Evidence regarding socioeconomic deprivation among urban residents is controversial. Hawkins et al., employing a geographical composite deprivation index similar to ours, and analyzing data from 2000 to 2007, did not describe differences regarding outcomes in HF patients 33. In a more recent article, Witte et al., using the same deprivation index as Hawkins, reported that socioeconomic deprivation was linked to an increased risk of death in HF patients, but only as a consequence of non-cardiovascular causes 34. In addition, a study performed with the same population in our country showed a protective, although not significant, effect regarding mortality in the most deprived urban patients 17.
The National Health Service in our country provides universal healthcare, which may reduce social inequalities in health by facilitating access to primary care, prescriptions and hospitals to populations lacking economic resources, but the distribution of healthcare premises in rural and remote areas is conditioned by geographical limitations.
Nevertheless, future research will be needed to explain why, with no differences in either cardiovascular comorbidities or treatment, rural HF patients had the highest mortality rates.
Strengths and Limitations
Although different approaches have been employed to define rurality, our definition concurs with others used in similar articles. Nevertheless, due to data limitations, we could not fully discriminate the analyses between patients living in the most isolated areas from the other rural ones to ascertain whether differences in accessibility related to mortality are proportional to distance and frequency of healthcare service provision. The deprivation index used to study urban socioeconomic differences assumes homogeneity among the population living in the same geographical area, but may imply an ecological fallacy because it is possible to find both poor and affluent individuals in the same areas, sometimes divided by only one street. Moreover, we lack information in order to discriminate the presence of socio-economic differences within rural populations and thus considered them homogeneous in terms of social status.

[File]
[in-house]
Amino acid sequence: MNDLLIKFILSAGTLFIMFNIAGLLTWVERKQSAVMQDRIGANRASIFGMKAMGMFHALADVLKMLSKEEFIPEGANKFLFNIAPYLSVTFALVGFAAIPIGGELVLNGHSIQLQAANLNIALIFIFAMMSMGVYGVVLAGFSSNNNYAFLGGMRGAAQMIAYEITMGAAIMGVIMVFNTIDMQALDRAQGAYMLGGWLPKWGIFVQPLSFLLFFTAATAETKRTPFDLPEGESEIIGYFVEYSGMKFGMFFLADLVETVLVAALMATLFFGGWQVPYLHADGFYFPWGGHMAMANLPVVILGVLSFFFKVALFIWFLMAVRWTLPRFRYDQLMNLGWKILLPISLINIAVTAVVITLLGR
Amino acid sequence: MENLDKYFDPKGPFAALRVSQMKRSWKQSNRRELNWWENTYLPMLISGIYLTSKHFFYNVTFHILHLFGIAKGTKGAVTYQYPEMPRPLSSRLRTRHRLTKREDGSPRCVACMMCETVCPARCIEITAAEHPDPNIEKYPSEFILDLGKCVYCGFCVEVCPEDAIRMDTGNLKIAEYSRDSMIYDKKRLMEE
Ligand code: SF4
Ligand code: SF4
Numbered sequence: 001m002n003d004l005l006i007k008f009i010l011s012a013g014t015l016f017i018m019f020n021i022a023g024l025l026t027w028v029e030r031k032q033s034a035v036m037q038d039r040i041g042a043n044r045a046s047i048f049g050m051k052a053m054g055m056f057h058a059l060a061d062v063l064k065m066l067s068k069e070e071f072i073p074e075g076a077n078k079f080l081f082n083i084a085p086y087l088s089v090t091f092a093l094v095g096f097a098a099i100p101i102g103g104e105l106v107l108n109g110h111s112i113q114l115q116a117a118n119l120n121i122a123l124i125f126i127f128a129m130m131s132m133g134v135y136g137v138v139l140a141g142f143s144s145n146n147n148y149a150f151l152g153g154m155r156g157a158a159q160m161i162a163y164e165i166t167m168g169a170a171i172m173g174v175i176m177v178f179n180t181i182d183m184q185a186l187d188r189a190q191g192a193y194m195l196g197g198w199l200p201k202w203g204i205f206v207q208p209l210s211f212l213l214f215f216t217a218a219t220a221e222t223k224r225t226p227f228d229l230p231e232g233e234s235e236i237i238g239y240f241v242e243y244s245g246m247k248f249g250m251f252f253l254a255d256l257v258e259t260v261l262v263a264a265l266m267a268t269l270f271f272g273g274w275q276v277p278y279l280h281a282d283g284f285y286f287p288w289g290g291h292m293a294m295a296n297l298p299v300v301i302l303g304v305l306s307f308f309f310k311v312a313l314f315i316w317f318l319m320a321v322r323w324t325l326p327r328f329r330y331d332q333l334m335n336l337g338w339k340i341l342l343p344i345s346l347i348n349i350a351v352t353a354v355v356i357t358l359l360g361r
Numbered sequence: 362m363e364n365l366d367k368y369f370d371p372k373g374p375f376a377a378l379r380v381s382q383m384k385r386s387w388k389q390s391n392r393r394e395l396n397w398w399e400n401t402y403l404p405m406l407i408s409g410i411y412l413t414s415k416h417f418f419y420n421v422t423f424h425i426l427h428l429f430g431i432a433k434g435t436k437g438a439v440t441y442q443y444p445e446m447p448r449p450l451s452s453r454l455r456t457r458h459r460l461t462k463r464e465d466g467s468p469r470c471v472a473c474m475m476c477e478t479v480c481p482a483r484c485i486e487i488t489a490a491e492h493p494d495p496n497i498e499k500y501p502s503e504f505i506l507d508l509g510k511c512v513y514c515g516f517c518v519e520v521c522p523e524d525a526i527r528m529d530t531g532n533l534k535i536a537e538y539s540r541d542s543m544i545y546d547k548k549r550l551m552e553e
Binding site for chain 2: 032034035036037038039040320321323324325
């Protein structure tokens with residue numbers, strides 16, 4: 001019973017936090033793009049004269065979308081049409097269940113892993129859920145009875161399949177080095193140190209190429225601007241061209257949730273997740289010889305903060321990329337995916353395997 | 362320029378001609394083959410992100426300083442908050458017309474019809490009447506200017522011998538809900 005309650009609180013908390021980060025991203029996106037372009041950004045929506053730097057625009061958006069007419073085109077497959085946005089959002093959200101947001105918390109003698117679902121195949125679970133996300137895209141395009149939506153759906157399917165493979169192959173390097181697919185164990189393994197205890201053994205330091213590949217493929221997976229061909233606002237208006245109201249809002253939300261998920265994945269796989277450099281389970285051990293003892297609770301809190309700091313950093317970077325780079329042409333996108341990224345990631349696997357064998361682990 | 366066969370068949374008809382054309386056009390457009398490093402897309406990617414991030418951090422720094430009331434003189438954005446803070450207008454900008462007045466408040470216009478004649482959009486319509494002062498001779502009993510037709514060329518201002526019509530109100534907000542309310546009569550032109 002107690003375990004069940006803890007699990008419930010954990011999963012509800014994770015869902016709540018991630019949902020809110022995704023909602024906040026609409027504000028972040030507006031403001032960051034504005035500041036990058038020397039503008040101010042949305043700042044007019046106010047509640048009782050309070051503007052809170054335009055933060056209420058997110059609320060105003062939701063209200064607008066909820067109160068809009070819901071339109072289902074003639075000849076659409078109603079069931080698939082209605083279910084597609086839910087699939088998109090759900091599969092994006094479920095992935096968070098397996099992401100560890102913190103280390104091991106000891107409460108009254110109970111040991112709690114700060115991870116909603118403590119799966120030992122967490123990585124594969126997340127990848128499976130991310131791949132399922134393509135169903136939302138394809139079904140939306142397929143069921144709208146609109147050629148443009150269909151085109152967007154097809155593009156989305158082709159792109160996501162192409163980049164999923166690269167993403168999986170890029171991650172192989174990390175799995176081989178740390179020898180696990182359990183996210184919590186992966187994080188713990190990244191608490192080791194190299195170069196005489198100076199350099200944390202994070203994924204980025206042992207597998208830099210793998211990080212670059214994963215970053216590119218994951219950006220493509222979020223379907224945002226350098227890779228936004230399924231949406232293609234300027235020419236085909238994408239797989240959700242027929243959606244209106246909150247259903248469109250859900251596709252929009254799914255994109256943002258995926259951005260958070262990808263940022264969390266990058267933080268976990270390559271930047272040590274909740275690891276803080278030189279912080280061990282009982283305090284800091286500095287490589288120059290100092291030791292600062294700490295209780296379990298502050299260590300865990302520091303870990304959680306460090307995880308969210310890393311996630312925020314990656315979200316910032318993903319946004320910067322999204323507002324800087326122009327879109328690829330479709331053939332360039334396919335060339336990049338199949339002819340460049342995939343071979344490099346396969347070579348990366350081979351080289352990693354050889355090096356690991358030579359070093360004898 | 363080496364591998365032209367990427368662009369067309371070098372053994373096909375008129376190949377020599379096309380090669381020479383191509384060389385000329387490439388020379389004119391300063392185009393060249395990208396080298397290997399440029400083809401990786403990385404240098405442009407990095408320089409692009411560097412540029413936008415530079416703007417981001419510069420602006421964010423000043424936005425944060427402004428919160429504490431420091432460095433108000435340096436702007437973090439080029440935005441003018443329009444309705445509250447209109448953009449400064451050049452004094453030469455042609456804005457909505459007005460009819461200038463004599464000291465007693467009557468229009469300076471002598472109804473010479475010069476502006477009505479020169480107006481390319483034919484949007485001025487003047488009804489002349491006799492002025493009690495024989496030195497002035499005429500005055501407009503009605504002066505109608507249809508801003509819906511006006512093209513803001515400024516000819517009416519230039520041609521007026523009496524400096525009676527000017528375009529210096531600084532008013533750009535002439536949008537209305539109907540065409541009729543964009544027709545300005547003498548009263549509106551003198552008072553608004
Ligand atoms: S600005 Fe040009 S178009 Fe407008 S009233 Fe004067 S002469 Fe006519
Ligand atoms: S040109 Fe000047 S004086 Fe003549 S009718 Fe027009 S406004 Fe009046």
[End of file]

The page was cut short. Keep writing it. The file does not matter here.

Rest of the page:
Since administrative databases are used for clinical purposes can lead to missing data. In the case of HF some variables such as ejection fraction are not always available to have proper diagnoses according to guidelines35. Nevertheless in our study this fact is not relevant because all patients were at final stages of the disease. Regarding other possible missing values we performed multiple imputation models to minimize such an effect.
It would be advantageous to possess data regarding quality of life in order to analyze differences among rural and urban patients.
The results of our study are potentially valid for areas of the rest of our country with similar characteristics, concentrating population in large cities. Nevertheless, in Spain and in Europe there are many areas where the rural depopulation is remarkable, and the accessibility to healthcare services could be different.
Since our results are based on information coming from more than 80% of the Catalan population, it is expected to think that they could be extrapolated to the rest.
Prospective studies would be needed, not just to observe the presence of differences depending on the place of living but oriented towards specifically analyse their causes, to be more precise in measuring the differences in the accessibility, the characteristics of patients, exploring their perceptions and needs as well as their beliefs and preferences regarding the treatment received at the end of life.
To our knowledge, evidence about differences between rural and urban heart failure patients, particularly at advances stages of the disease is scarce. This article specifically analyse real world evidence from elderly HF patients at advanced stages of the disease through a large database.